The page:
- The Washington Times - Wednesday, April 13, 2005

Just a few days after the Democratic National Convention ended, then-Homeland Security Secretary Tom Ridge raised the terror threat level in the New York City and Washington areas from yellow (“elevated”) to orange (“high”). Noticing the timing, it didn’t take long for certain Democrats and liberal media outlets to see some dark conspiracy on the part of the administration to stifle Sen John Kerry’s post-convention “bounce” in the polls. Mr. Kerry ended the convention with his acceptance speech on Thursday, July 29, and Mr. Ridge raised the threat level on Sunday, Aug. 1. Coincidence? To make matters worse, in the view of the conspiracy theorists, Mr. Ridge attributed the new information to “the president’s leadership in the war against terror.”

On the same day that the threat level was raised, Howard Dean, the current DNC chairman, told CNN’s Wolf Blitzer, “I am concerned that every time something happens that’s not good for President Bush he plays this trump card, which is terrorism … It’s just impossible to know how much of this is real and how much of this is politics, and I suspect there’s some of both in it.” To his credit, Mr. Kerry dismissed Mr. Dean’s outlandish notion, but that didn’t stop the myth from spreading. The always reliably liberal New York Times editorial page that week intoned: “The Times reports today that much of the information that led to the heightened alert is actually three or four years old and that authorities had found no concrete evidence that a terror plot was actually under way. This news does nothing to bolster the confidence Americans need that the administration is not using intelligence for political gain.”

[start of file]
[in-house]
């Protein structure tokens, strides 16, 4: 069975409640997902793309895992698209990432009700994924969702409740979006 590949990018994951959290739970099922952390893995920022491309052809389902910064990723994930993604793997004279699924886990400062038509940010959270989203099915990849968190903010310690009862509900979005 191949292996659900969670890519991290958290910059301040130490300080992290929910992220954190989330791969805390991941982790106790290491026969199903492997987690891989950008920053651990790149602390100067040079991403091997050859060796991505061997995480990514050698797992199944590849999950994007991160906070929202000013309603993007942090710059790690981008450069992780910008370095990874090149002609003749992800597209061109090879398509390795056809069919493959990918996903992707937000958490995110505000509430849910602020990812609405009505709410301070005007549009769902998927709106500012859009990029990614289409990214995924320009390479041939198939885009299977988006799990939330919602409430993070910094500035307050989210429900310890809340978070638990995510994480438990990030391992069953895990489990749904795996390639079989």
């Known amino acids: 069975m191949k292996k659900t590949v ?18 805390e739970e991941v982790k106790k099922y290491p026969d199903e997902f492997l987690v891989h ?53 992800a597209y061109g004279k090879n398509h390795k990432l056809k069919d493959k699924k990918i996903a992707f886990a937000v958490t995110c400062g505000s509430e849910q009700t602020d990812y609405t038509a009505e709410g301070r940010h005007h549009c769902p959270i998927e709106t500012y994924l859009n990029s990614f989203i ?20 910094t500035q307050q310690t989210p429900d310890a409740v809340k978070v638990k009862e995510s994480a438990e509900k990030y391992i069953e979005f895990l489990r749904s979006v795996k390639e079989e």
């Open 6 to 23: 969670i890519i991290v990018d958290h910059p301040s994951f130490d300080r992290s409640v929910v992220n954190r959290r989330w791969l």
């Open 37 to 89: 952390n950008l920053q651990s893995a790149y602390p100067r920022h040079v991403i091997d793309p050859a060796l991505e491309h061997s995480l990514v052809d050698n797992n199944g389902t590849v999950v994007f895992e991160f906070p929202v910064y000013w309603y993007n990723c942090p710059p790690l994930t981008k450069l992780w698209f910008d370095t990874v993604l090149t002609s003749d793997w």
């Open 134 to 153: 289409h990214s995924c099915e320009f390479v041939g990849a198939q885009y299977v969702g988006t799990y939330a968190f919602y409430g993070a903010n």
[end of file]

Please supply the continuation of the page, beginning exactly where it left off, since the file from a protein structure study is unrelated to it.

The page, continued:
To be sure, the administration hasn’t handled terrorism-related information perfectly. In this particular example, it had to clarify the precise nature of the threat multiple times, hence the New York Times’ noticing that the information was years old. But the quick jump from imperfect information to political calculation is one administration critics are all too ready to make, much to the detriment of national security. If an administration is in possession of valuable terrorist information, but decides instead to withhold it out of fear of being seen as politically driven, then the nation is put at even greater risk.

It turns out, as this newspaper reported yesterday, that the Justice Department has indicted three British men in connection with the August terrorist warnings. They are accused of planning attacks with “improvised explosive devices and bombs” against the New York and Washington targets Mr. Ridge highlighted last summer. The moral of the story is one all Americans should understand: Counterterrorism is a laborious task with many imperfections and false leads. It doesn’t make the job of those protecting the homeland any easier when their work and warnings are exploited for political gain.

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